Loads of Learned Lumber

Friday, May 27, 2016

Elena Ferrante, _My Brilliant Friend_

IF YOU HAPPEN to be looking for someone to splash cold water on this recent enthusiasm, you will have to keep looking.  I was as captivated as everyone else.

I'm at a loss to say why the book is so captivating, though. We have the usual virtues of a well-realized realist novel, certainly: vivid setting (Naples in the fifties and early sixties), powerful just-offstage social forces (the church, organized crime, political differences sharpened by memories of fascism and of the war), multi-generational drama.

The unique thing about the book, though, as you have probably heard, is its portrait of friendship. As the title suggests, the narrator Lenù's friend Lila is as much the focus of the novel's attention as Lenù herself is.  Even though their paths diverge dramatically in adolescence--Lila's parents take her out of school early and she marries while in her teens; Lenù is kept in school and looks to be university-bound--the bond formed in childhood remains strong, and Lenù, far from feeling condescending towards the somewhat less-advantaged Lila, continues to see her as her bright particular star, with a life inexplicably more deep and intriguing than her own.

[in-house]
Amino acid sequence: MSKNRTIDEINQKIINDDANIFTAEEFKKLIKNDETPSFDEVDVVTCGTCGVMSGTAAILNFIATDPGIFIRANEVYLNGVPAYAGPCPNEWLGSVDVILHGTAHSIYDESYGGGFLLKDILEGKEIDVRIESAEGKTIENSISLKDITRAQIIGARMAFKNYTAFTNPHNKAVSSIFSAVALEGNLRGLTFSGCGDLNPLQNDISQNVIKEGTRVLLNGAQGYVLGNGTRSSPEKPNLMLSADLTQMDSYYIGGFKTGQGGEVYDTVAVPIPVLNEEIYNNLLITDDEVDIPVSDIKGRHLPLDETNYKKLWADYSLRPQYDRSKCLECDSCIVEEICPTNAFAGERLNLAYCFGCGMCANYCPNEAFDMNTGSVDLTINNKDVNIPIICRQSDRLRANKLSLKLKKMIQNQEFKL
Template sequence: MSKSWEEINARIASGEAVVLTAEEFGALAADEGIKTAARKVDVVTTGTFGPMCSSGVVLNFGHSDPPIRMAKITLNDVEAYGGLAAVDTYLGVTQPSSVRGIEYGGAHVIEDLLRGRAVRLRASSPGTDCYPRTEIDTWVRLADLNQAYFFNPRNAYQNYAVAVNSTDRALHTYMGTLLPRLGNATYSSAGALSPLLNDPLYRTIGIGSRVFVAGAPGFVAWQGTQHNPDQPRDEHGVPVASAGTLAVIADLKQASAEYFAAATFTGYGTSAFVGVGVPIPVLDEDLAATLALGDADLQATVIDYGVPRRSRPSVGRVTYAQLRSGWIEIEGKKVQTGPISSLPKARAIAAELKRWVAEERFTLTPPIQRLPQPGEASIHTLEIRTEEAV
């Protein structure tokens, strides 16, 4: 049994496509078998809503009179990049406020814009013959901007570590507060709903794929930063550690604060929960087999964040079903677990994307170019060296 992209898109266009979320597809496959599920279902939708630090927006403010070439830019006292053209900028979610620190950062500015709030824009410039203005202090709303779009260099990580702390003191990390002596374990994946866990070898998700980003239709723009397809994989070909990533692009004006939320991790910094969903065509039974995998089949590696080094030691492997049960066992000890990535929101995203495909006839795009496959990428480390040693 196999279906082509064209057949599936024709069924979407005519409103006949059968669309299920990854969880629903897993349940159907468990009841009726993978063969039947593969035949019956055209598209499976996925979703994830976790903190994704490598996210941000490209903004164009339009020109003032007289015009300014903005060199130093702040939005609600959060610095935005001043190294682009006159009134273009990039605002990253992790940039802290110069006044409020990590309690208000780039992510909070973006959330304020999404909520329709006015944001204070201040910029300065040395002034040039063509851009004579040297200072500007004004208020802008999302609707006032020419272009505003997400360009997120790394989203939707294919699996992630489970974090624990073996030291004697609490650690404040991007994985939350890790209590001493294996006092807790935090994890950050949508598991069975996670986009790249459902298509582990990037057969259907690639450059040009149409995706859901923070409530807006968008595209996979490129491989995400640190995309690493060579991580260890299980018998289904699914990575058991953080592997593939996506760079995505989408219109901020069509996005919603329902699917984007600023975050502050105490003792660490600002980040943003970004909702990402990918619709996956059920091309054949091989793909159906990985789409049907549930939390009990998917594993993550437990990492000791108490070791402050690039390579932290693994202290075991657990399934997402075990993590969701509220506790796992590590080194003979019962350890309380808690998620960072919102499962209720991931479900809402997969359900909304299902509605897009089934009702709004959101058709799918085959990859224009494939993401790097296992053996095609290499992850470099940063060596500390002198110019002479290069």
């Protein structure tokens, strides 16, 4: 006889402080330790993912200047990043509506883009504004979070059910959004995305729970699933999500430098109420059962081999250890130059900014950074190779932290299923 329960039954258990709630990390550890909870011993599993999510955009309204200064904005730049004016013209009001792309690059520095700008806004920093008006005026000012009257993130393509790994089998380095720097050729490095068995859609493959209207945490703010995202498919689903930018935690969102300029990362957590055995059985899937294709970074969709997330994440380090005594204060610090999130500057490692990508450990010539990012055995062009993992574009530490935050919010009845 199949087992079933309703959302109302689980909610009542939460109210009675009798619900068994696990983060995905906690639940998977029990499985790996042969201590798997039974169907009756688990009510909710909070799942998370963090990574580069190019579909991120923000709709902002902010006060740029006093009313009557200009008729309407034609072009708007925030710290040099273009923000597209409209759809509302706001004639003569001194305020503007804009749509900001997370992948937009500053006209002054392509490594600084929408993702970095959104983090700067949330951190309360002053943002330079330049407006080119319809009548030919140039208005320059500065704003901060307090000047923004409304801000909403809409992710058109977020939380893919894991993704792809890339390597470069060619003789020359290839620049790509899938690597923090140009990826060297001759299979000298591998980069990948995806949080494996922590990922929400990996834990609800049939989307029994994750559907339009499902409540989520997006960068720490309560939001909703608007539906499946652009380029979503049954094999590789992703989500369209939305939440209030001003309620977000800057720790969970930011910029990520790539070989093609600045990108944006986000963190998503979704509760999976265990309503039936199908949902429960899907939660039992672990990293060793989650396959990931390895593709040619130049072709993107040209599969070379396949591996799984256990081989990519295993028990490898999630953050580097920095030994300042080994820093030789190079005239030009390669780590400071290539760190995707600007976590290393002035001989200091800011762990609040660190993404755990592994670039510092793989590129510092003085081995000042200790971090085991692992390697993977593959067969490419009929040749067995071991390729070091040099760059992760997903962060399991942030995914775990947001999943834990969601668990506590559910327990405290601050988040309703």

I've been cudgeling my brains trying to think of another novel that pays as much attention too friendship, male or female, as this one does, to no avail. Some "young reader" books come to mind: Booth Tarkington's Penrod and Sam, Maud Hart Lovelace's Betsy-Tacy, Tom and Huck in Tom Sawyer. Harry, Ron, and Hermione.

Turning to literature for adults, we have to go back--quite a way back. Even then, the examples are relatively underdeveloped. There are Orestes and Pylades, Hamlet and Horatio--but in those cases the friend is mainly someone to whom to make speeches. Achilles and Patroclus? How much do we actually get to see of their friendship, though? Do Don Quixote and Sancho Panza even count as friends, given the master-and-man dimension of their partnership?

Hans and Joachim in The Magic Mountain? Humboldt and Citrine in Humboldt's Gift? I'm really reaching now.

There must be some examples that are simply not occurring to me, but it seems deeply odd that so crucial a dimension of human  experience has left so light a trace in literature, which makes me wonder whether Lila and Lenù will turn out to be a distinctive contribution to world letters.

No comments: